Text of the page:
Pharmacogenetics of chemotherapy-induced nausea and vomiting

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Date: Jan. 2015
From: Pharmacogenomics(Vol. 16, Issue 2)
Publisher: Future Medicine Ltd.
Document Type: Report
Length: 9,088 words
Lexile Measure: 1780L

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Author(s): Shigekazu Sugino aff1 , Piotr K Janicki [*] aff1

Keywords:

5-HT3 receptor; antiemetics; chemotherapy-induced nausea and vomiting; cytochrome P450; genetic variants; neurokinin 1 receptor; pharmacogenetics; single nucleotide polymorphism; substance P

Chemotherapy-induced nausea and vomiting (CINV) remains one of the most uncomfortable and distressing adverse effects observed in patients during cytotoxic chemotherapy [1,2 ]. This adverse event results in expanded care and extension of hospital stay, and thus increases costs for healthcare. Despite appropriate use of antiemetic guidelines, at least 20-30% of patients experience breakthrough nausea and vomiting, secondary to chemotherapy, with highly emetogenic cytotoxic drugs. Increased risk of CINV depends on the type of chemotherapy agents; more than 90% of patients treated with high-risk agents (e.g., cisplatin) experience CINV if no antiemetic drugs are used [1 ].

When cisplatin was introduced to clinical use in the late 1970s [3 ], CINV was a major problem for the patients undergoing cancer treatment. Many physicians used dopamine D2 receptor antagonists as a first choice for antiemetic therapy. High dose (2 mg/kg) metoclopramide was one such agent tried as a treatment for CINV [ 4 ]. However, the clinical significance of D2 receptor antagonists gradually declined as a result of the development of 5-hydroxytryptamine type 3 (5-HT3 ) receptor antagonists [5,6 ]. In the 1990s, ondansetron was introduced to the clinical setting and a few additional 'setrons' were also used for CINV, but 5-HT3 receptor antagonists did not have an appreciable effect on CINV at the delayed phase of chemotherapy, 3-5 days after cisplatin [1,7 ]. Next-generation 5-HT3 (palonosetron) and neurokinin 1 (NK1 , aprepitant) receptor antagonists have recently been developed [8 ]. These drugs are efficient at acting on CINV at the delayed phase of chemotherapy, and have dramatically changed antiemetic therapy for CINV. The established guidelines for management of CINV currently recommend three types of drugs: 5-HT3 receptor antagonists, NK1 receptor antagonists and corticosteroids [2 ].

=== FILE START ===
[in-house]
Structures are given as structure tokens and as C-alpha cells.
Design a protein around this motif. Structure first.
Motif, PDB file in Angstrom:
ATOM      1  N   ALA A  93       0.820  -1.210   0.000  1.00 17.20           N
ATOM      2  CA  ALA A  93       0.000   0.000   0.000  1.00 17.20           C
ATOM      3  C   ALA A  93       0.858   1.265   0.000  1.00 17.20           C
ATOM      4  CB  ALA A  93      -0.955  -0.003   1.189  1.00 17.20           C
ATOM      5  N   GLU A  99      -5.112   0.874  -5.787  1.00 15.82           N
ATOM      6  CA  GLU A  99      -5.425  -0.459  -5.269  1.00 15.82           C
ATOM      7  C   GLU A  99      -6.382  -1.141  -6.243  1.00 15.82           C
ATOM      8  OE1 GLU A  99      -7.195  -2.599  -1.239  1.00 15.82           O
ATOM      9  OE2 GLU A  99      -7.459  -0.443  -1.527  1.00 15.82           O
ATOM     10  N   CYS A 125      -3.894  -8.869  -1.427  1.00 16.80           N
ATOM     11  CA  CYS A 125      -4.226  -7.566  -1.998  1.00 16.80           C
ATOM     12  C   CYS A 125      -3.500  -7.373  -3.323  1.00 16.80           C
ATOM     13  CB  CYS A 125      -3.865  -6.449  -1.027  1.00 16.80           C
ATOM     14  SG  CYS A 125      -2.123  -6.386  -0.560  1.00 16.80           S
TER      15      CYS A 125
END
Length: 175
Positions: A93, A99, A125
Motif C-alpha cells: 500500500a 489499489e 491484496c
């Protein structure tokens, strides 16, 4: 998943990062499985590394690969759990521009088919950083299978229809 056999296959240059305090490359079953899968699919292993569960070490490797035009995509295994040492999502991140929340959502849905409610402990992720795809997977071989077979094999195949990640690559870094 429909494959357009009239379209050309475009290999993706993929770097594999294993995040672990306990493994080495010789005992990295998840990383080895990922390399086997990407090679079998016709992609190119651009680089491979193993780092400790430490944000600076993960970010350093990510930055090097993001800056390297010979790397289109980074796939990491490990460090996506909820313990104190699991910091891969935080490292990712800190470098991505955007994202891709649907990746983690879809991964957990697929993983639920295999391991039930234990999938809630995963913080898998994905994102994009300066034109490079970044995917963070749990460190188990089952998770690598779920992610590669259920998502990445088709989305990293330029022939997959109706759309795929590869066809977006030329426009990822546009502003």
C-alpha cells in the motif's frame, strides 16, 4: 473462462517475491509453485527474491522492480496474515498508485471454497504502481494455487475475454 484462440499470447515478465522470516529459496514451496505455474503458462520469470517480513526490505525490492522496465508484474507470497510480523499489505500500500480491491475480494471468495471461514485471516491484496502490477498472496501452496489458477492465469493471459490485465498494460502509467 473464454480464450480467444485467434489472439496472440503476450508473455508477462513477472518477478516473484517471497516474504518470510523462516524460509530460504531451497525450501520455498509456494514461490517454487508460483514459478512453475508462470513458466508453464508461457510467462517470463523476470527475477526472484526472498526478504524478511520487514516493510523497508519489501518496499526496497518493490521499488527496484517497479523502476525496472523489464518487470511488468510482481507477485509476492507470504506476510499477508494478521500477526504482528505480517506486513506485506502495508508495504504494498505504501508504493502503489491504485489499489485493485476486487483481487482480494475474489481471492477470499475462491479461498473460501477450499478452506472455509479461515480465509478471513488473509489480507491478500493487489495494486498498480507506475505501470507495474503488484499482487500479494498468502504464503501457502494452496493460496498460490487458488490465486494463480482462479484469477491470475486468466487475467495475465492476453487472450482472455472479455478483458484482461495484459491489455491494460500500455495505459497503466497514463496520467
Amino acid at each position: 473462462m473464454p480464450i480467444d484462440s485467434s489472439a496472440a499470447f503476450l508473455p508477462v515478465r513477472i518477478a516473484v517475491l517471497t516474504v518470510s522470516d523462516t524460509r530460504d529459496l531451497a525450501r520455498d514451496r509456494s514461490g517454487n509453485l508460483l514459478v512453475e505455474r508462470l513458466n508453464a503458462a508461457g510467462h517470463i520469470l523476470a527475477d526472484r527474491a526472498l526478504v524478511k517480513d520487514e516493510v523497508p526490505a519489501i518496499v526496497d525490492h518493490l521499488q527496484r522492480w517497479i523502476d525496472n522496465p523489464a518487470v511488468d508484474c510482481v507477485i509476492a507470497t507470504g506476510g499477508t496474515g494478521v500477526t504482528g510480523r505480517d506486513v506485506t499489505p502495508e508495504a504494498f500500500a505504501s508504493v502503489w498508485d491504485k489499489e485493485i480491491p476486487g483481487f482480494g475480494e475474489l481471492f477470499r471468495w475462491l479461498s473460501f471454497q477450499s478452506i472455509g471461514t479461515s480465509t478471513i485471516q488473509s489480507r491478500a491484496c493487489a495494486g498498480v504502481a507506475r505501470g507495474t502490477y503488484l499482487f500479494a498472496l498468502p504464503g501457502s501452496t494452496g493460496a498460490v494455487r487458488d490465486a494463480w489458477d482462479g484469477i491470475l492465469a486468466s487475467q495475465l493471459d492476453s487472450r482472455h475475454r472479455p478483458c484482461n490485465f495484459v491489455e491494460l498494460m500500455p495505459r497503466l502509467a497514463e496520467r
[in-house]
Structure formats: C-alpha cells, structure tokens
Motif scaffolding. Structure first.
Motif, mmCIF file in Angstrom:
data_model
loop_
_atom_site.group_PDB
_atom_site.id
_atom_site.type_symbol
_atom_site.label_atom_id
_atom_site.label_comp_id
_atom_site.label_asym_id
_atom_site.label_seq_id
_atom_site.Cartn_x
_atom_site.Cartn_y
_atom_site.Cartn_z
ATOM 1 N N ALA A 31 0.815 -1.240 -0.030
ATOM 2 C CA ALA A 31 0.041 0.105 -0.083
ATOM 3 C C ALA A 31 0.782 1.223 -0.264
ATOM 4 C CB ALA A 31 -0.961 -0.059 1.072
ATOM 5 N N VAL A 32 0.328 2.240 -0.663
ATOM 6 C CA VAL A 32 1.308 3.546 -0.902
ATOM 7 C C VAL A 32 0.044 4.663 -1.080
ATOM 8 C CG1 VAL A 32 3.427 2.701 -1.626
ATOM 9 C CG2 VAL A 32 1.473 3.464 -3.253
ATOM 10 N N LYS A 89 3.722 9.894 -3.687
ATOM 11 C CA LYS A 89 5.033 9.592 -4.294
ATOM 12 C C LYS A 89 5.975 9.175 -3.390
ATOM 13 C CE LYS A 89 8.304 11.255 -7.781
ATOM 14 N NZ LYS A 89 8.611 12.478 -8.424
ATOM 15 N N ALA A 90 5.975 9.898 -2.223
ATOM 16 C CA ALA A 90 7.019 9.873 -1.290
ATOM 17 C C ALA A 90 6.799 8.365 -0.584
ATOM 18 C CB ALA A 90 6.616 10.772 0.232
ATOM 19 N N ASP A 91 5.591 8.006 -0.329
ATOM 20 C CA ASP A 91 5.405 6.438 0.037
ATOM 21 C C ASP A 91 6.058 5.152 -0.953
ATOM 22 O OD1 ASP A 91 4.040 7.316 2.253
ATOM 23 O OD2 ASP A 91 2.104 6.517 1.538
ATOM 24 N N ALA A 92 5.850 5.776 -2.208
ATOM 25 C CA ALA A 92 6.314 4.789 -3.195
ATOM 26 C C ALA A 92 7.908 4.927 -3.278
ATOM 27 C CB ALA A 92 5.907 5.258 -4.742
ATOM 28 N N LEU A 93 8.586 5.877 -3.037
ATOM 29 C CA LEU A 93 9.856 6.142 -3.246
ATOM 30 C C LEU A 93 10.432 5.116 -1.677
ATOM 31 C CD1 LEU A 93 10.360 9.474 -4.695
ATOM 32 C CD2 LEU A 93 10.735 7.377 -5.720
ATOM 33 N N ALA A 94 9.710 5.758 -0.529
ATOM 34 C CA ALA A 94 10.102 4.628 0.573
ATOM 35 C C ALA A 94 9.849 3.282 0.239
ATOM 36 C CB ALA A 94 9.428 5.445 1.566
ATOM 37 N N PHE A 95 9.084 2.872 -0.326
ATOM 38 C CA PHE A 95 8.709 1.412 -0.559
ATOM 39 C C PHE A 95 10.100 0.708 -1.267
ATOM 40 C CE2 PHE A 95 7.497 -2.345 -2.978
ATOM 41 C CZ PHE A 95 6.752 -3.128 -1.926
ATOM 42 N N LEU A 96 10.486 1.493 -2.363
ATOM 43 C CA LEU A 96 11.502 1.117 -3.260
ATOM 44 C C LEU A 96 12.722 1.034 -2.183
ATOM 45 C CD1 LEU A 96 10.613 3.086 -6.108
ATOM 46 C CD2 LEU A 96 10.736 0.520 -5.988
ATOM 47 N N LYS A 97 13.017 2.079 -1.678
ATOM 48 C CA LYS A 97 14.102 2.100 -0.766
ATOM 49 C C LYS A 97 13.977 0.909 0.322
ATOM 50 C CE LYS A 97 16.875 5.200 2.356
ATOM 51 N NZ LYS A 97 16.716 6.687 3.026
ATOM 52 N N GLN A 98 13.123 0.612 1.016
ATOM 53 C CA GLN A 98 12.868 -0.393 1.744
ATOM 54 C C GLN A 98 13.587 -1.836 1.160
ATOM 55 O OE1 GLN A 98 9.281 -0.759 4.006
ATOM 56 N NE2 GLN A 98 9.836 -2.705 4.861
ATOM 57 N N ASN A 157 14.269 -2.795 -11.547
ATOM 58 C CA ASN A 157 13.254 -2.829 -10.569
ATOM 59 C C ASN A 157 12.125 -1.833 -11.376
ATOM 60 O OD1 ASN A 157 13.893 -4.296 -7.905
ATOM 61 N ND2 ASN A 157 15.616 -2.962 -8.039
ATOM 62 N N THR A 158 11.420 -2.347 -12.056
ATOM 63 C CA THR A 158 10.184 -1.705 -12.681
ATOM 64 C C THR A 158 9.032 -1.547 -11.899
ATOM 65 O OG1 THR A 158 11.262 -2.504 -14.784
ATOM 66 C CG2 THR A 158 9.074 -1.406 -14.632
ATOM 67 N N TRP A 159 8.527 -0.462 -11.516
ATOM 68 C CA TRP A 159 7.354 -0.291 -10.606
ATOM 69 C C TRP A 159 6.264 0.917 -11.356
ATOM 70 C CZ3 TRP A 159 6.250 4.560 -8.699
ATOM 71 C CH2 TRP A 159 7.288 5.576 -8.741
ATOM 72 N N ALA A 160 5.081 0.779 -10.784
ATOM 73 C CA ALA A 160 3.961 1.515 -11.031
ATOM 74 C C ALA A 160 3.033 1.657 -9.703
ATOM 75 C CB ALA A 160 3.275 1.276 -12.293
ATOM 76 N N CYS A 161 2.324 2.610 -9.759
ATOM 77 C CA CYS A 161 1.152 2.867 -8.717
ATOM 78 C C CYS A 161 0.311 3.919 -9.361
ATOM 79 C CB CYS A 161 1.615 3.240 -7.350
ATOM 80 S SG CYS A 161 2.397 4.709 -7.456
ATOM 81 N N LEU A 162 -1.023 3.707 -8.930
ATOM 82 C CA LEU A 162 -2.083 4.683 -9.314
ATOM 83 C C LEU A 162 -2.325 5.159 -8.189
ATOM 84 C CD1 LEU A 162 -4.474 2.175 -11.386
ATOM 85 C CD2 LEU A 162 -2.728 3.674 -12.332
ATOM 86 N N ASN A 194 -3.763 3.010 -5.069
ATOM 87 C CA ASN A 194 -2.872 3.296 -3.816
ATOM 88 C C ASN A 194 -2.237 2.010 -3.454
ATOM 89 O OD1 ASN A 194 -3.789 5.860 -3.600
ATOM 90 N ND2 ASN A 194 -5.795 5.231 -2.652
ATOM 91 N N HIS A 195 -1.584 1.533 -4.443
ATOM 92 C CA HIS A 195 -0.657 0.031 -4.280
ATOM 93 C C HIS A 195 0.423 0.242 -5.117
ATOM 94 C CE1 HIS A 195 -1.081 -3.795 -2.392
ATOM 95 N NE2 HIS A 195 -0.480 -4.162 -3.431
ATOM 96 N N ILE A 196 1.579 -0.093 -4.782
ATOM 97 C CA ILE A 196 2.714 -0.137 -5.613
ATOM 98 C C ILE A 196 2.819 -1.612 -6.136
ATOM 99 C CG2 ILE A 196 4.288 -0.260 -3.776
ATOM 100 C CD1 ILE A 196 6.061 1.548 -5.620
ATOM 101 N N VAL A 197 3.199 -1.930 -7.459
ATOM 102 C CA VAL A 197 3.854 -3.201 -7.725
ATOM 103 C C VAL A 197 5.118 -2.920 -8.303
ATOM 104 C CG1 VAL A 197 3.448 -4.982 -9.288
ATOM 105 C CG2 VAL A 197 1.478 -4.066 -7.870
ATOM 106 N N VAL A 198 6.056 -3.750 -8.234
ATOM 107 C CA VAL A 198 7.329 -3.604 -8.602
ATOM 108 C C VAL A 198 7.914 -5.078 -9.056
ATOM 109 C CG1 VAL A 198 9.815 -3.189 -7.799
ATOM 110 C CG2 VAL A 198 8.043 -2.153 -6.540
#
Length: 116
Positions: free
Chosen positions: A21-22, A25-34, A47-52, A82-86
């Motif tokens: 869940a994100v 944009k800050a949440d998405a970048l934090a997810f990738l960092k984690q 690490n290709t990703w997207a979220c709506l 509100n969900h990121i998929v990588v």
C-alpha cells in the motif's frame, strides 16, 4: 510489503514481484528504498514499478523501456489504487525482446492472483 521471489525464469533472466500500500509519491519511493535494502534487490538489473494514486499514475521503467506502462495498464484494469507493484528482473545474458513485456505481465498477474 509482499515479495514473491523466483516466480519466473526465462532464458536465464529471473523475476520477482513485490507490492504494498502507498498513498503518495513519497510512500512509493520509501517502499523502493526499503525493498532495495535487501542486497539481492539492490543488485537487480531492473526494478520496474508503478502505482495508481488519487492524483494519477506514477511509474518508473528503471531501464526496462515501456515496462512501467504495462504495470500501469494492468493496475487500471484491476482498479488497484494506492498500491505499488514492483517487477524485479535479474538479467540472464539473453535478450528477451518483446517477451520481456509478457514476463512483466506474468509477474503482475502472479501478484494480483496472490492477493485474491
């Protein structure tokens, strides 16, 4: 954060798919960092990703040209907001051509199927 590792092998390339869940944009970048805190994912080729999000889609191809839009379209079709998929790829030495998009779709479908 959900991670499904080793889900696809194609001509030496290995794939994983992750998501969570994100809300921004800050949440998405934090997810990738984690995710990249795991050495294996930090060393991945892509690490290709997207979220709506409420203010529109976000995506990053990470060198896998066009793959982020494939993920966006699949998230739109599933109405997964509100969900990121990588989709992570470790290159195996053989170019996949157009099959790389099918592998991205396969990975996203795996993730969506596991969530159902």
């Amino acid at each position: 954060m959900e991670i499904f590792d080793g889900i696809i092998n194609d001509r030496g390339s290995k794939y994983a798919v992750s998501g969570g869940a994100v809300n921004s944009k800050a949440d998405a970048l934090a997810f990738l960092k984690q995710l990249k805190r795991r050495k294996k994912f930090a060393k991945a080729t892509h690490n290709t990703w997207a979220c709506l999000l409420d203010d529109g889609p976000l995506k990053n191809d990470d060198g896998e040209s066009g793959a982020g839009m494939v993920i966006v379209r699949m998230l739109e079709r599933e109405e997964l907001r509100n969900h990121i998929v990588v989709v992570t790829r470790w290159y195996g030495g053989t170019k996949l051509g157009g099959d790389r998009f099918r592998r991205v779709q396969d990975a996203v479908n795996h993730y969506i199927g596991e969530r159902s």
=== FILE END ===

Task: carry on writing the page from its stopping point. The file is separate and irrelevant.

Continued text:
Mechanisms of CINV & antiemetic regimens

Serotonin and substance P are major neurotransmitters involved in emesis [ 9 ]. Serotonin exerts its effects via multiple serotonergic receptors, one of which, the 5-HT3 receptor, gates an ion channel permeable to monovalent and divalent cations [10 ]. The tachykinin neuropeptides, which include substance P, tachykinin A and tachykinin B, exert their biological effects via NK1 -, NK2 - and NK3 - receptors [11 ]. Although substance P can bind to all tachykinin receptors, it has the highest affinity for the NK1 receptor. Activation of the NK1 receptor can lead to diverse post-receptor signals, such as activation of PLC and adenylate cyclase cascade systems. Further downstream NK1 receptor signaling includes activation of ERK1/2 and PKA cascades [ 12 ]. Both 5-HT3 - and NK1 -receptors are key players in CINV [9 ].

Current antiemetic regimens against CINV are based upon the dogma that, during the acute phase, an emetogenic agent releases serotonin (5-HT 3 ) from the enterochromaffin cells in the gastrointestinal tract, which subsequently stimulates 5-HT3 receptors on vagal afferents to initiate the vomiting...

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Gale Document Number: GALE|A413526796